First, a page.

Let us all pretend that today is the 32nd day of January 2019 and not comment about how I skipped posting our Flyaway Friday feature. Real life keeps tripping my schedules. Anyway I am here for my Philippines special Flyaway Friday!
This week we have Jennilyn of Rurouni Jenni Reads talking about her life in the Philippines and to tell us about everything we need to know for our virtual travel. Thank you Jenny!
Say hello to Jennilyn, fellow travellers!
Jennilyn is a Filipina who loves books, braids, cats and cakes. She is an accountant IRL but she secretly wants to become a famous frog someday. Like so many of her countrymen, she is an ace karaoke singer. Her favorite color is green.
Hello to everyone here at Elgee Writes! I am Jennilyn, your friendly book blogger at Rurouni Jenni Reads. In this guest post, let me talk to you about my beautiful and beloved country, Philippines!
Experience the Filipino hospitality
If there is one Filipino trait that I can be most proud about, it’s our hospitality. We are a bunch of warm, helpful and smiling people. We make such a fuss when we have visitors over, whether it be our own Filipino relatives or foreigners. Filipinos give our best to our visitors. If we are expecting guests, we make sure to clean the house thoroughly. If our visitors are staying the night, we give up the best room in the house even if that means that we have to sleep on the couch o on the floor.When you visit a Filipino home during mealtimes, it is imperative for the homeowners to say, “Tara, kain!' which means, 'Let’s eat!'. @RurouniJenni talks more about Filipinos and the country! Click To Tweet
Another aspect of our hospitality is how we willingly open our home to anyone. When you visit a Filipino home during mealtimes, it is imperative for the homeowners to say, “Tara, kain!” which means, “Let’s eat!”. We would gladly welcome an unexpected guest to dine with us even if we actually do not have enough food to share around.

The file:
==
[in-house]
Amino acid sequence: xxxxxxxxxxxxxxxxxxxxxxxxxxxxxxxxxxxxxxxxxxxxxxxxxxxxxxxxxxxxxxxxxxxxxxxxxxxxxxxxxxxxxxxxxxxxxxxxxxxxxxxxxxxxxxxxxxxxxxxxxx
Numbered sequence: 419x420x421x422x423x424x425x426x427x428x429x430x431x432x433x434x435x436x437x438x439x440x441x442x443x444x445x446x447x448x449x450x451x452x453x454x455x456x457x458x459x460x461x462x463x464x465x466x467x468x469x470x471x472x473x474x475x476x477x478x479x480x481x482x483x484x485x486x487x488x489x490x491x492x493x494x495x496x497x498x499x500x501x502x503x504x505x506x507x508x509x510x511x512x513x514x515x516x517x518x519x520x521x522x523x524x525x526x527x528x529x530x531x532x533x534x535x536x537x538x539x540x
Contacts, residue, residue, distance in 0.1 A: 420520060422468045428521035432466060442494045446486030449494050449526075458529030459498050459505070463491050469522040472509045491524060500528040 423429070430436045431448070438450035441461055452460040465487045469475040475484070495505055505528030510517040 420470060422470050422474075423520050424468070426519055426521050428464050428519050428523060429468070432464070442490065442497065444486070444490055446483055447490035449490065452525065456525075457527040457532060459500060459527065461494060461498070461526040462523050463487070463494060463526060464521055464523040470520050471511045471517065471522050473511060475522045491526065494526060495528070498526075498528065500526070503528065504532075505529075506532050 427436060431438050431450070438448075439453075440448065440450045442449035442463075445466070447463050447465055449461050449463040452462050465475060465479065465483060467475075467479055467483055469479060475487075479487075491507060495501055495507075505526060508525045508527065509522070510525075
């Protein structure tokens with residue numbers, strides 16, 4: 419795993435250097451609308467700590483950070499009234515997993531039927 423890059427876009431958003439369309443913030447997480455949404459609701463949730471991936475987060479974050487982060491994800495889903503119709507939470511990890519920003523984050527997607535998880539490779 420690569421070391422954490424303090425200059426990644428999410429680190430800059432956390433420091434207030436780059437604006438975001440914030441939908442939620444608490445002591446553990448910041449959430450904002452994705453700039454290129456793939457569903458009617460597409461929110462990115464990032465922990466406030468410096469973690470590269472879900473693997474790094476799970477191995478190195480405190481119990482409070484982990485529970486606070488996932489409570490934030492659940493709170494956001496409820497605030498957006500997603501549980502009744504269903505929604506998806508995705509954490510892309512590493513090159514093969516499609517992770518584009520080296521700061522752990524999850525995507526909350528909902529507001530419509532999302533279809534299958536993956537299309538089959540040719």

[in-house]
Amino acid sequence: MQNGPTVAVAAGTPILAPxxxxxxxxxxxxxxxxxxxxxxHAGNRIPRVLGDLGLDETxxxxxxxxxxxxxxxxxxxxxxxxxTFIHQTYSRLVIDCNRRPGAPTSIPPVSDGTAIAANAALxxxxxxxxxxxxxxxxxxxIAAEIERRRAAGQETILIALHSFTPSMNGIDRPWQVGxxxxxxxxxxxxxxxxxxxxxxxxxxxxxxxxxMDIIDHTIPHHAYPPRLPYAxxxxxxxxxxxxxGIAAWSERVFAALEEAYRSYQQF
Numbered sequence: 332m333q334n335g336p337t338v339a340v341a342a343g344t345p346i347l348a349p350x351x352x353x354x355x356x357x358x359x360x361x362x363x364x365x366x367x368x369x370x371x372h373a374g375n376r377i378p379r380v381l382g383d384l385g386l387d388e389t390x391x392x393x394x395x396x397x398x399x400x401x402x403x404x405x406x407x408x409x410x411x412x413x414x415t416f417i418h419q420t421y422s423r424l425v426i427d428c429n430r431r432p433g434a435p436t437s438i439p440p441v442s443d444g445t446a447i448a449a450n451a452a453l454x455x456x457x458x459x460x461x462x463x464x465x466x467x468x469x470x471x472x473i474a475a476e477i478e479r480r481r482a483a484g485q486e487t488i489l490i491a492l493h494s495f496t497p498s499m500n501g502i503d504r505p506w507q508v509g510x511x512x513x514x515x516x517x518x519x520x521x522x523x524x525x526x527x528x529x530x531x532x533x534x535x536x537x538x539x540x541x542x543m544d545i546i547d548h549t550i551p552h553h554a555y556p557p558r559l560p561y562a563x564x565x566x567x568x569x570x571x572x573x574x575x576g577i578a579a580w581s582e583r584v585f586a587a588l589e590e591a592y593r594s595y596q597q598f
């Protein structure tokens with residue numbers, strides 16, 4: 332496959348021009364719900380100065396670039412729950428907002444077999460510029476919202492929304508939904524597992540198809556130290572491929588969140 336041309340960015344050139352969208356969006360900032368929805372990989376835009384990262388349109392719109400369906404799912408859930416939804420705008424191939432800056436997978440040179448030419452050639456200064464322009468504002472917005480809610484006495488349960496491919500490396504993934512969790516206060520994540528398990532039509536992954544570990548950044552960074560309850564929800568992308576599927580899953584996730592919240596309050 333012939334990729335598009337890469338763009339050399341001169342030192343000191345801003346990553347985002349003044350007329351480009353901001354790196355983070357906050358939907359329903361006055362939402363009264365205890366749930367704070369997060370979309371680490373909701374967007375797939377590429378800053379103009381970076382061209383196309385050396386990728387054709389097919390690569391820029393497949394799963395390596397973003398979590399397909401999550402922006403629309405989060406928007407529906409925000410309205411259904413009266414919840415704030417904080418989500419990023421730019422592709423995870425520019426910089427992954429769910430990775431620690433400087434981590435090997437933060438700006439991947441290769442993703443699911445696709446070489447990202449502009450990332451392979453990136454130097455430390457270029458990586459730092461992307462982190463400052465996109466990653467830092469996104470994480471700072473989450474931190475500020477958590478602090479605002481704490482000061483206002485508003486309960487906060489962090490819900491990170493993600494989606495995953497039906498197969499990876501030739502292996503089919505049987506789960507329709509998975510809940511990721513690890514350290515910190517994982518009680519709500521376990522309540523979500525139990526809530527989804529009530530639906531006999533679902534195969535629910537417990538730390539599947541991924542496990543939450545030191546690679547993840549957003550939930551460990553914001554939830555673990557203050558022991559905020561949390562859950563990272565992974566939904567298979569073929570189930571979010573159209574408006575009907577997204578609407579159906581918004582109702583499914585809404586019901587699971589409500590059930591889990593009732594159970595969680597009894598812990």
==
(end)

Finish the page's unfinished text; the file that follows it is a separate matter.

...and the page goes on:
Filipinos are foodies
Our original Filipino cuisines, sinigang and adobo, are my favorite food. Sinigang is either a pork or seafood broth soured by tamarind or any local citrus fruits. I always ask my mother to cook sinigang for me when I am sick.
Adobo is pork, chicken or fish braised in soy sauce and vinegar. Eating sinigang, adobo or any other Filipino ulam (dish) is always accompanied with sumptuous helpings of rice. A meal isn’t a meal here without rice. Our sacred food motto is “Rice is life.”
Our home cooking has also various foreign influences. From the Chinese, we have pancit (stir fried noodles topped with meat and veggies) and lumpia (spring rolls). Pancit is a staple in Filipino birthday celebrations because our elders believe that eating pancit gives the celebrator a long life. From the Spanish, we have tomato based dishes: afritada and menudo.
Our use of vetsin (monosodium glutamate) as seasoning and our halo-halo (shaved ice topped with different sweet preserves, plus milk) have Japanese influences. And of course, our love for burgers, fried chicken and pizza is influenced by the Americans. We have American fast food joints here like McDonald’s, KFC and Pizza Hut. But no Filipino fastfood experiene is complete without eating in Jollibee, a homegrown fastfood joint.
Pro tip: Jollibee’s sweet and saucy spaghetti is a must-try.
Go Ghetto, if you wish
If you wanna go ghetto, we have an amazing array of street food. Some of my favorites are kwek-kwek (deep fried quail eggs in orange batter), taho (silk tofu with sago pearls in brown caramel sauce) and isaw (grilled chicken intestines). If you want your street food on the exotic side, you should try our balut (boiled fertilized duck egg).
A love-hate relationship with city life
I am born and raised in Manila, the capital city of the Philippines. If you want to feel our country’s history, Intramuros is the place to go. Food tripping in Binondo is also an something that you shouldn’t miss. You can roam around Binondo all year-round but better visit during the Lunar/Chinese New Year to witness the celebrations of our Filipino-Chinese community.
On weekends, some Filipino families go on picnis on public parks like Luneta and the Quezon City Circle. But more often because it’s too hot outside, we flock in droves to airconditioned malls. And by golly, we have plenty of malls here.